}
                    previousItemFromSameItemset = token;
                }
            }
        }

        BufferedWriter writer = new BufferedWriter(new FileWriter(output));     
        writer.write("digraph mygraph{");
        // PRINT THE ARROWS
        for(Entry<String, String> edge : mapEdges.entrySet()) {
            writer.write(edge.getKey() + " -> " +edge.getValue() + " \n");
        }
        // Note: only sequential patterns of size >=2 are used to create the graph and 
        // patterns are assumed to have only one item per itemset.

        writer.write("}");
        myInput.close();
        writer.close();
    }
}

Step 4: Generating a graph using GraphViz

Then I installed GraphViz on my computer running Windows 7. GraphViz is a great software for the visualization of graphs and it is not very hard to use. The idea is that you feed GraphViz with a text file describing a graph and then he will automatically draw it. Of course there are many options that can be selected and here I just use the basic options.

I use the command:  dot -Tpng patterns.dot > output.png"

This convert my DOT file to a graph in PNG format.

The result is the following (click on the picture to see it in full size).

sequential_patterns_spmf_graphvizThe result is pretty interesting.  It summarizes the 5123 patterns into an easy to understand graph. By looking at the graph we can easily see that many sequential patterns passes by the nodes 44 and 117, which must be very important webpages on the website.

Note that using this technique, we loose a little bit information. For example, the support of edges is not indicated on this graph.  It may be possible to improve upon this visualization for example by using various colors to indicate the support or the number of patterns that pass by a node.

Hope that you have enjoyed this post.  If you like this blog, you can tweet about it and/or subscribe to my twitter account @philfv to get notified about new posts.

Philippe Fournier-Viger is an assistant professor in Computer Science and also the founder of the open-source data mining software SPMF, offering more than 52 data mining algorithms.

Posted in Data Mining, Programming | Tagged , , , , , | 8 Comments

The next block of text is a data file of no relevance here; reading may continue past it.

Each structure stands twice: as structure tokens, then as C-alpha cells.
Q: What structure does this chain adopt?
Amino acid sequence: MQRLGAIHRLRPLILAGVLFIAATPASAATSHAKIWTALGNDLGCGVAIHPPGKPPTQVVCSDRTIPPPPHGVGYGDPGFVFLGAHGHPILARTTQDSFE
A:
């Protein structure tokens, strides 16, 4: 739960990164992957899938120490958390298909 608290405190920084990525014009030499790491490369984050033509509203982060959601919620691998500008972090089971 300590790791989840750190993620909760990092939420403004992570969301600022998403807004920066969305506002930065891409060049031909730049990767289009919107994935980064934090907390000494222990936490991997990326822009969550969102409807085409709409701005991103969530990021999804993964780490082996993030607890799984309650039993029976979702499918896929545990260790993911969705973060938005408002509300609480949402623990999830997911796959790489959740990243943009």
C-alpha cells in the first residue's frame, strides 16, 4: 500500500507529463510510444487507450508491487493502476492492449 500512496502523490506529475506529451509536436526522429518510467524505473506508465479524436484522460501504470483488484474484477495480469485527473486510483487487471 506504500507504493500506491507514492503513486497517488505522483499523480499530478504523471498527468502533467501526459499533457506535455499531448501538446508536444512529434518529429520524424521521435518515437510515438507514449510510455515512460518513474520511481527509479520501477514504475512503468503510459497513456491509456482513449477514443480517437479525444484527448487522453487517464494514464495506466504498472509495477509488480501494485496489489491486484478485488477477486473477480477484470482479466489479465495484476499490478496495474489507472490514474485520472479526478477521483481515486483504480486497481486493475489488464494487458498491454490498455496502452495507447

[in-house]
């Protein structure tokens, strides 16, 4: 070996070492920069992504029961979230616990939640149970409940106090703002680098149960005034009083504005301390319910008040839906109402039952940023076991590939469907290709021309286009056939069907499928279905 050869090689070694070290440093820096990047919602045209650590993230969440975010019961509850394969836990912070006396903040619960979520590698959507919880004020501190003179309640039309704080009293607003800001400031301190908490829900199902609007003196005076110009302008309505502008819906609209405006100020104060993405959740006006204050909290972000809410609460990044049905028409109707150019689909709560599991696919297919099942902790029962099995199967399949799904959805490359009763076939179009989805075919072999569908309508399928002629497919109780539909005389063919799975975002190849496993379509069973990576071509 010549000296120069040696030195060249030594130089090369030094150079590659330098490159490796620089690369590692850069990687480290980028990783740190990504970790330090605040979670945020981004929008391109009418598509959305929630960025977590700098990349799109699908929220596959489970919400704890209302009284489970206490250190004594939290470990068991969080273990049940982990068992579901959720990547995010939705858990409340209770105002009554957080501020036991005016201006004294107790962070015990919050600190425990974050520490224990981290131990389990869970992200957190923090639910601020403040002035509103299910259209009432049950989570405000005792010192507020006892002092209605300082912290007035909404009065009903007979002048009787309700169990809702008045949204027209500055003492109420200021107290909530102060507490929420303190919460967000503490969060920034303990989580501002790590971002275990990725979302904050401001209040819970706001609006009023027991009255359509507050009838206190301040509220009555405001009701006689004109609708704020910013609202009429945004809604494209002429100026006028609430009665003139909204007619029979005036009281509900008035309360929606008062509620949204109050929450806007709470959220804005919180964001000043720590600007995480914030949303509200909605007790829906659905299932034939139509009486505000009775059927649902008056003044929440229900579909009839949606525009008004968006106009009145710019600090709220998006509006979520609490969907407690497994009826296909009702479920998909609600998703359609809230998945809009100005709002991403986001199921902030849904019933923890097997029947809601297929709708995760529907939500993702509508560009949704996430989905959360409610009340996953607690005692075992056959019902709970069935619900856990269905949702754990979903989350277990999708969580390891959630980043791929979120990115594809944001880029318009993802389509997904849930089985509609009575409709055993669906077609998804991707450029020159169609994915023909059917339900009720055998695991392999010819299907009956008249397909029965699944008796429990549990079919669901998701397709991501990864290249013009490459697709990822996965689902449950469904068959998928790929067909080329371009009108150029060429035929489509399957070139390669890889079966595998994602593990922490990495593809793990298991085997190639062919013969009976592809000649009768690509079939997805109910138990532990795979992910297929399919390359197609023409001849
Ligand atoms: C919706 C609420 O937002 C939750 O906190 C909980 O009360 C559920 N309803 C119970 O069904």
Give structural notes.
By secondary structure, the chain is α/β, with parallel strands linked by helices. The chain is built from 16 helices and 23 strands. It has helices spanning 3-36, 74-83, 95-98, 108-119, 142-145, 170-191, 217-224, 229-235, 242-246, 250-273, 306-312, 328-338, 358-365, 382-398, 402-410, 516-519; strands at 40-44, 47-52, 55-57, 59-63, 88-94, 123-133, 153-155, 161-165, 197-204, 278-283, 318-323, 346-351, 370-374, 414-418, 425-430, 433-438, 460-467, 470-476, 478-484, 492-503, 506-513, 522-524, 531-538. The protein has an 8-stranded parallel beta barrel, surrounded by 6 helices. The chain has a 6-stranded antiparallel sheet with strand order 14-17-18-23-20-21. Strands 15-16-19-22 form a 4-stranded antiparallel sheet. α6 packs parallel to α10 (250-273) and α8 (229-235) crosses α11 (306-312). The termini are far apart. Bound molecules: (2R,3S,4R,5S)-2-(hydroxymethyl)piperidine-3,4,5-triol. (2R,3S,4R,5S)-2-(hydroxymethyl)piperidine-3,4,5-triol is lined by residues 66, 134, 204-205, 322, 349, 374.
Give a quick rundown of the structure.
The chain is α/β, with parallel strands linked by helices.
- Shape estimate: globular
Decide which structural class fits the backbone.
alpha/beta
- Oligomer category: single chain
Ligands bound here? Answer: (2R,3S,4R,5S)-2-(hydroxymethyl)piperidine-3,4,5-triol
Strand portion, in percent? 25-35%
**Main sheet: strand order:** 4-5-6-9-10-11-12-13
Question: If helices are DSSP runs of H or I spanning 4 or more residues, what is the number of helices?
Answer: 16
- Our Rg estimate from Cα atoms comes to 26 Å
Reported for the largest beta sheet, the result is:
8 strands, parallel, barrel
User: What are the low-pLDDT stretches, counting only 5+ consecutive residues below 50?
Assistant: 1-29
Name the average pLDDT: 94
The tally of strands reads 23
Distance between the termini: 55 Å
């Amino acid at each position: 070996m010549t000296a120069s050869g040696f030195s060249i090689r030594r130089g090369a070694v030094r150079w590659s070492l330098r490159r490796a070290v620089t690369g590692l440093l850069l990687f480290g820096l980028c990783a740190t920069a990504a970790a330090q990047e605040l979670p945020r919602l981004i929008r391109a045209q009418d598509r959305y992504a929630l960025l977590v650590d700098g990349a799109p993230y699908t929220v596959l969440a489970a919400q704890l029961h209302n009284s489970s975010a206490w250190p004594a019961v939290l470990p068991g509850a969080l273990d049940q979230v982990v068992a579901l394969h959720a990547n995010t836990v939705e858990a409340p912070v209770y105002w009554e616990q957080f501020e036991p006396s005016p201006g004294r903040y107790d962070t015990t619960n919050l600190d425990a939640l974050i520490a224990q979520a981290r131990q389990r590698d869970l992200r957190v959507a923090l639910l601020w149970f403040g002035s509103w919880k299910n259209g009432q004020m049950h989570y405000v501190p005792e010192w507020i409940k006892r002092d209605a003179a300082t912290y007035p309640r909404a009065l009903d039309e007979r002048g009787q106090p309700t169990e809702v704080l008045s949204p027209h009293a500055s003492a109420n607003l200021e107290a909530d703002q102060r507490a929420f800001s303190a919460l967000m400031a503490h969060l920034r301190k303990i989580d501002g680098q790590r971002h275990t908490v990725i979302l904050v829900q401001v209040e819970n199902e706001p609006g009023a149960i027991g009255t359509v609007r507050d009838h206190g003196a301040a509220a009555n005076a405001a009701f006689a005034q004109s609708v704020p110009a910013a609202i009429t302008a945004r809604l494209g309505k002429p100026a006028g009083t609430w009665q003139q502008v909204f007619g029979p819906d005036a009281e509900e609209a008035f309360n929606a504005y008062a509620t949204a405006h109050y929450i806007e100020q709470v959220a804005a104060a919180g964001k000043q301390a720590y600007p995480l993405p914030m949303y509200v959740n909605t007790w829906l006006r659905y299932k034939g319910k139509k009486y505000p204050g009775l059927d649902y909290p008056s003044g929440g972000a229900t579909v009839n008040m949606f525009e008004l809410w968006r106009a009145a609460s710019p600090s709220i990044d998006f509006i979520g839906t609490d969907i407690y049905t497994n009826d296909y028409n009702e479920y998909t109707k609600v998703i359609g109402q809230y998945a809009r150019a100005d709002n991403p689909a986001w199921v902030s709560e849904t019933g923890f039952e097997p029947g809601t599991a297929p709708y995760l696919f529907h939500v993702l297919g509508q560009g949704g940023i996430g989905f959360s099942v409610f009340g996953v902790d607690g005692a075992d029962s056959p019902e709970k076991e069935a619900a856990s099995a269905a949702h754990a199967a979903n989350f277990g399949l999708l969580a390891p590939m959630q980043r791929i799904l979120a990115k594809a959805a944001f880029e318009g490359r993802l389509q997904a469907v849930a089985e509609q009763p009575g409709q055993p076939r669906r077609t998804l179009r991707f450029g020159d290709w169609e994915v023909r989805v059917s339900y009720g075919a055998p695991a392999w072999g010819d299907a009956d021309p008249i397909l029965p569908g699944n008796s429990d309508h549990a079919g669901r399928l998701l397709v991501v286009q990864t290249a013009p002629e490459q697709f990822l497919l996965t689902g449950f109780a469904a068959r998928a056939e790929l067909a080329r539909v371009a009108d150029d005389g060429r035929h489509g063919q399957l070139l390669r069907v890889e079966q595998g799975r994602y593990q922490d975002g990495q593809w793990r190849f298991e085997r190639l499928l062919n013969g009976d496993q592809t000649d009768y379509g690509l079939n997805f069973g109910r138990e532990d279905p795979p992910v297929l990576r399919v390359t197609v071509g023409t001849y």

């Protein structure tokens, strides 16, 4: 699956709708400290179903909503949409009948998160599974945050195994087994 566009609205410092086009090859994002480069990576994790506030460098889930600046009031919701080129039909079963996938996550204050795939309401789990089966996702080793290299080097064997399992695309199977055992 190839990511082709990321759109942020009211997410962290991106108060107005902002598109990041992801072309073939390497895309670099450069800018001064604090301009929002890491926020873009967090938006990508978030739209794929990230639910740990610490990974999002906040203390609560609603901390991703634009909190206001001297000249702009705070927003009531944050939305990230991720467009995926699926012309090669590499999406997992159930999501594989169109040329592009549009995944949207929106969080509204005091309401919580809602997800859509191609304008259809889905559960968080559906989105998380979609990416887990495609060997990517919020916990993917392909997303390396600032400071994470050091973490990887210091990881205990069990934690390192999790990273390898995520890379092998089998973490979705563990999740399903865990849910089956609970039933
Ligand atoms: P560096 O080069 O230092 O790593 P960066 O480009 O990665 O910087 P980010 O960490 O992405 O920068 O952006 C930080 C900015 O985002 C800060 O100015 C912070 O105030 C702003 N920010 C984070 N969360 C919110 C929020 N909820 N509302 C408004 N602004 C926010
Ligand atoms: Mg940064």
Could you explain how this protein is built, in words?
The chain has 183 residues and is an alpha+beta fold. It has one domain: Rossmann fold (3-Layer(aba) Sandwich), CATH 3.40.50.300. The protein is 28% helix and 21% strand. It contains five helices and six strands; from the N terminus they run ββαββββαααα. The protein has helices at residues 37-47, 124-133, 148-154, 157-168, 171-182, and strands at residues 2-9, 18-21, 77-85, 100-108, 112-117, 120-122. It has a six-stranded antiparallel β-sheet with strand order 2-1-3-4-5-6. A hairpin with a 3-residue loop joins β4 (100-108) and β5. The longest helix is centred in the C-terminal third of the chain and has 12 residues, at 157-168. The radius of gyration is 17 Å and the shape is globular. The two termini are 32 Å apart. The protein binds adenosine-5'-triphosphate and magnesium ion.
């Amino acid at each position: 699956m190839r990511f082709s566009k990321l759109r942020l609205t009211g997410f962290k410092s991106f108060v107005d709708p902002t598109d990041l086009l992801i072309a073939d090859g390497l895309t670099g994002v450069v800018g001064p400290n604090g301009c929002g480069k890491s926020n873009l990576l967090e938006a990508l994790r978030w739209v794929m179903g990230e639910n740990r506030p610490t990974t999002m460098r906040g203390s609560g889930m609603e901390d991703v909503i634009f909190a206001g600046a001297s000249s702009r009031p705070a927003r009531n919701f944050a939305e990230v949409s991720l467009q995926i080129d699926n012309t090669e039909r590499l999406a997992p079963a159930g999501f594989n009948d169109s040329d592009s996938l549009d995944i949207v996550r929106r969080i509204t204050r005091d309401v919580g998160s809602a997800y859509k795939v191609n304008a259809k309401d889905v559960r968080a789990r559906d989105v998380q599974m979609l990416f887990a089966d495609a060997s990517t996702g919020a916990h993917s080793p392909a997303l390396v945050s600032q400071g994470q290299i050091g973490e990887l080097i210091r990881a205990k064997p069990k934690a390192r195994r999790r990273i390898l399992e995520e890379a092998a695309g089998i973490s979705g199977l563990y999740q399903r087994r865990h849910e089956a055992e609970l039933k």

What to do when your conference paper get rejected?

Today, I will discuss what to do when a paper that you have submitted to a conference get rejected.

paper rejected

When submitting papers to a conference there are generally many papers that are submitted and get rejected. This is especially true for competitive conferences, where less than 1/4 of the papers get accepted, or sometimes even less than 1/10.

In the event where your paper get rejected, it is easy to take it personal and think that your research is not good or that you do not deserve to be published.It is also easy to blame the conference or the reviewers. However, a better attitude is to try to understand the reasons why your paper got rejected and then to think about what you can do to avoid the problems that lead to the rejection of your paper so that you can submit it somewhere else and that it can be accepted.

First, I often hear the complaint that a paper got rejected because the reviewers are not specialist and did not understand the paper.  Well, it may be true. Sometimes, a paper get assigned to a reviewer that is not a specialist in your domain because you are not lucky or that a reviewer do not have enough time to read all the details of your paper. This can happen. But often the real reasons are:

  1. The paper was submitted to a conference that was too broadly related to the topic of the paper. For example, if you submit a paper about a data mining algorithm to a general computer science or artificial intelligence conference, it is possible that no data mining expert will read your paper.  Choosing a conference is a strategic decision that should not be taken lightly when planning to submit a paper. A good way to choose a conference is to look at where papers similar to your topic have been published. This will give you a good idea about conferences that may be more “friendly” toward your research topic.